For more coverage of the Atlanta Concours d' Elegance, check out the upcoming issue of Home Living in North Georgia Magazine.
A “poor man’s” car once found on every street in America was among good company Saturday at the inaugural Atlanta Concours d’Elegance at Chateau Elan in Braselton.
Thousands of car enthusiasts filed through the winery grounds to view and test-drive more than 170 rare and antique cars. At the center of this whirl of festivities sat a small group of vehicles: rare antique Chevrolets rippling with chrome, looking as if they just rolled off an assembly line.
Their owner, James Collier, started collecting classic Chevys in 1975, and in the past 40 years he has collected an impressive collection from the early 1900s through to the 1970s.
Collier says that after all these years he couldn’t imagine collecting anything but Chevy.
“Chevy is all I own. A poor man can’t own but one type of car,” Collier said with a grin.
Collier grew up in South Georgia, the son of a sharecropper, and one of 10 siblings. He says that his earliest roots of his car collection come from the influence of his three older brothers, who introduced him to Chevy cars.
“Growing up under them was being the kid brother who wanted to be just like the older brother,” he said.
Collier said at a certain point when he grew older and decided that he wanted to continue pursuing cars as a hobby, he was stuck choosing between what he calls the three “poor man’s cars:” Chevrolet, Ford and Plymouth.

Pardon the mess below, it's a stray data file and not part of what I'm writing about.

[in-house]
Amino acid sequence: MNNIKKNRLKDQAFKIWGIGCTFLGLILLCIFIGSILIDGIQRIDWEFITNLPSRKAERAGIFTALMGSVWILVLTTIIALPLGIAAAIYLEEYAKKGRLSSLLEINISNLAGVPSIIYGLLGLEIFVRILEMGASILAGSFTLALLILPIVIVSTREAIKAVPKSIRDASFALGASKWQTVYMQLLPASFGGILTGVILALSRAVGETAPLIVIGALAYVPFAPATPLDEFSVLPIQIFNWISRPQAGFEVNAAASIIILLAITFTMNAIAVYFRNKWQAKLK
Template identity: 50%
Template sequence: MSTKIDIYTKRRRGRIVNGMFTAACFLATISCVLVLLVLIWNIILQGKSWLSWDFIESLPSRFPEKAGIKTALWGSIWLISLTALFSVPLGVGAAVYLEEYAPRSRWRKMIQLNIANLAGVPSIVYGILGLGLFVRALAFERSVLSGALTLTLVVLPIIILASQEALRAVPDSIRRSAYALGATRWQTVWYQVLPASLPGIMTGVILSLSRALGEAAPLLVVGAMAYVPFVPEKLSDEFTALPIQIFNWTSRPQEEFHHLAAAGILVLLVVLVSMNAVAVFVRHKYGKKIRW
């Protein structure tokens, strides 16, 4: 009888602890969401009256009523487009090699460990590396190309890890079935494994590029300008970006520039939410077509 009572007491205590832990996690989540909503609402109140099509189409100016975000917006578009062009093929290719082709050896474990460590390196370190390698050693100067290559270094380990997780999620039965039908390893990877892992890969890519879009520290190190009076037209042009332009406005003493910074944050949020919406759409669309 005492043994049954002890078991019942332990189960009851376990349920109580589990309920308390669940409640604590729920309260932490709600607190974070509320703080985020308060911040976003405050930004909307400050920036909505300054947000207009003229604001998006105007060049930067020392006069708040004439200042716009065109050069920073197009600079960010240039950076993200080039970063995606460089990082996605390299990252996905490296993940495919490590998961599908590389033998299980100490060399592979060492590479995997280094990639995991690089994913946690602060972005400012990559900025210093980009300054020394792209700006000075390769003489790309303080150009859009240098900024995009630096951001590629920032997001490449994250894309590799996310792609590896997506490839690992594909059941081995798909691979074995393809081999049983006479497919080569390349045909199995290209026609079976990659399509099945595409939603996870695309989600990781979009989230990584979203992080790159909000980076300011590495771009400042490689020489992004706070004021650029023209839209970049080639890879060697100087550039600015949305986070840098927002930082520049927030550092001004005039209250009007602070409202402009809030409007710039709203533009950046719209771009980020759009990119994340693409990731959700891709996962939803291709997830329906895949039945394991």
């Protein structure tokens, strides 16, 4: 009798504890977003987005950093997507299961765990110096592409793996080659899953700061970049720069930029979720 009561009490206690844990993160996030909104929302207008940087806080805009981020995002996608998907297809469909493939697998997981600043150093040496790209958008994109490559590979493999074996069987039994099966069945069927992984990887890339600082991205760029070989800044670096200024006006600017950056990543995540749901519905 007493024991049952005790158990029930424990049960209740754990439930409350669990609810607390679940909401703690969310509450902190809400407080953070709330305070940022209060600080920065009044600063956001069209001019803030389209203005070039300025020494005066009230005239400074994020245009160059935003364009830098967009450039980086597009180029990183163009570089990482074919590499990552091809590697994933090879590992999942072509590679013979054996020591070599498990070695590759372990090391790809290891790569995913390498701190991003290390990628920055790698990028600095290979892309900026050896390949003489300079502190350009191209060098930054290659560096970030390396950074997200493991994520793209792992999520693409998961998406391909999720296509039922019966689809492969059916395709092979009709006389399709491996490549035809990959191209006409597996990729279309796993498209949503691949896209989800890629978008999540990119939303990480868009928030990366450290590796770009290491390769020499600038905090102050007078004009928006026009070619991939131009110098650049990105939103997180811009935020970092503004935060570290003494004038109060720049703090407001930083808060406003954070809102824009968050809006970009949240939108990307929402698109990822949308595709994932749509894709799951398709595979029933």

But half a century later, he is glad he stuck with Chevy.
“Today, Chevy parts are more readily available than any other car around,” he said, a fact that makes repairing and restoring Chevy vehicles much easier than other car brands.
“Lord knows, don’t try and go out there and restore a Chrysler. You’ll fight tooth and nail trying to get the parts for it, and some of the parts you may never get some of them,” he said.
Collier no longer restores cars, and he has no patience for waiting to have an older car worked on for what could take years, saying that “life is too short for that.”
Now he strictly collects cars that catch his eye and he purchases outright, finding exactly what he is looking for before making any new purchase.
“And then I know I’m satisfied because I saw the finished product before I bought it,” he said.
He said though he no longer tinkers with cars, he considers restoring a car to be one of the greatest things a parent can do with a child.
“The best is to work on a car with your son when he is 13-20,” he said. “Not only does he learn something about mechanics, but you get to develop a good working relationship with him.”
Collier worked on cars with his son Phildon as soon as he started to show interest in the work.
“And now he knows more than me probably,” Collier said, laughing.